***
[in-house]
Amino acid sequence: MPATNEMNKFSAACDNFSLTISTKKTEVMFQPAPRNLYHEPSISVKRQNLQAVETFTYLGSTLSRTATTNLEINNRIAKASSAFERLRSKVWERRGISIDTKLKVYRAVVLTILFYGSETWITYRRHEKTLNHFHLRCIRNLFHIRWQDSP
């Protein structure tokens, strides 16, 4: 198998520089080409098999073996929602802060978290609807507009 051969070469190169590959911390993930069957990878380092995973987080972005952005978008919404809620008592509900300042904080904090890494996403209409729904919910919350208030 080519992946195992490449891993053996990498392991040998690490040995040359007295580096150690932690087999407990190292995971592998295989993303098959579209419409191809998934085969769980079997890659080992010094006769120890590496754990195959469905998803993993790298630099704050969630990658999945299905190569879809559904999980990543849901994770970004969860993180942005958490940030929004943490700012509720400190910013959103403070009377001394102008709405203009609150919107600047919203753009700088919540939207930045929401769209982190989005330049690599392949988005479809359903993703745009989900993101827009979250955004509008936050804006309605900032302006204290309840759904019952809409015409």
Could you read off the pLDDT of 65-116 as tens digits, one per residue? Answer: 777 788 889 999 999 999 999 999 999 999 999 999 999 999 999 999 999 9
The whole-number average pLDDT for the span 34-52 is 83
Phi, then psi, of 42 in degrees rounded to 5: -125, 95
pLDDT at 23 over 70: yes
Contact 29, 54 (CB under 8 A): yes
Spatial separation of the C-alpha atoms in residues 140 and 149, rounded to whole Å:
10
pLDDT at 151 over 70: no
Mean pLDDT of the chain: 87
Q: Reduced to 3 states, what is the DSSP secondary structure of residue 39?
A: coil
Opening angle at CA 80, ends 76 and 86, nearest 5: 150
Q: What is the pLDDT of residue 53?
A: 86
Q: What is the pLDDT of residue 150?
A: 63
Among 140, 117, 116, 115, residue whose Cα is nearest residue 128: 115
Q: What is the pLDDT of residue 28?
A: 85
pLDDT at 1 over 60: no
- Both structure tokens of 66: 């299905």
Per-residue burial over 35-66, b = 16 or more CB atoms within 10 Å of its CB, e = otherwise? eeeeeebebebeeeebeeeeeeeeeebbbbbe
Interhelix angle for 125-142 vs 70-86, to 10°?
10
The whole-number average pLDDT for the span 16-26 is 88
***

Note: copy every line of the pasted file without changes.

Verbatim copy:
[in-house]
Amino acid sequence: MPATNEMNKFSAACDNFSLTISTKKTEVMFQPAPRNLYHEPSISVKRQNLQAVETFTYLGSTLSRTATTNLEINNRIAKASSAFERLRSKVWERRGISIDTKLKVYRAVVLTILFYGSETWITYRRHEKTLNHFHLRCIRNLFHIRWQDSP
């Protein structure tokens, strides 16, 4: 198998520089080409098999073996929602802060978290609807507009 051969070469190169590959911390993930069957990878380092995973987080972005952005978008919404809620008592509900300042904080904090890494996403209409729904919910919350208030 080519992946195992490449891993053996990498392991040998690490040995040359007295580096150690932690087999407990190292995971592998295989993303098959579209419409191809998934085969769980079997890659080992010094006769120890590496754990195959469905998803993993790298630099704050969630990658999945299905190569879809559904999980990543849901994770970004969860993180942005958490940030929004943490700012509720400190910013959103403070009377001394102008709405203009609150919107600047919203753009700088919540939207930045929401769209982190989005330049690599392949988005479809359903993703745009989900993101827009979250955004509008936050804006309605900032302006204290309840759904019952809409015409």
Could you read off the pLDDT of 65-116 as tens digits, one per residue? Answer: 777 788 889 999 999 999 999 999 999 999 999 999 999 999 999 999 999 9
The whole-number average pLDDT for the span 34-52 is 83
Phi, then psi, of 42 in degrees rounded to 5: -125, 95
pLDDT at 23 over 70: yes
Contact 29, 54 (CB under 8 A): yes
Spatial separation of the C-alpha atoms in residues 140 and 149, rounded to whole Å:
10
pLDDT at 151 over 70: no
Mean pLDDT of the chain: 87
Q: Reduced to 3 states, what is the DSSP secondary structure of residue 39?
A: coil
Opening angle at CA 80, ends 76 and 86, nearest 5: 150
Q: What is the pLDDT of residue 53?
A: 86
Q: What is the pLDDT of residue 150?
A: 63
Among 140, 117, 116, 115, residue whose Cα is nearest residue 128: 115
Q: What is the pLDDT of residue 28?
A: 85
pLDDT at 1 over 60: no
- Both structure tokens of 66: 């299905």
Per-residue burial over 35-66, b = 16 or more CB atoms within 10 Å of its CB, e = otherwise? eeeeeebebebeeeebeeeeeeeeeebbbbbe
Interhelix angle for 125-142 vs 70-86, to 10°?
10
The whole-number average pLDDT for the span 16-26 is 88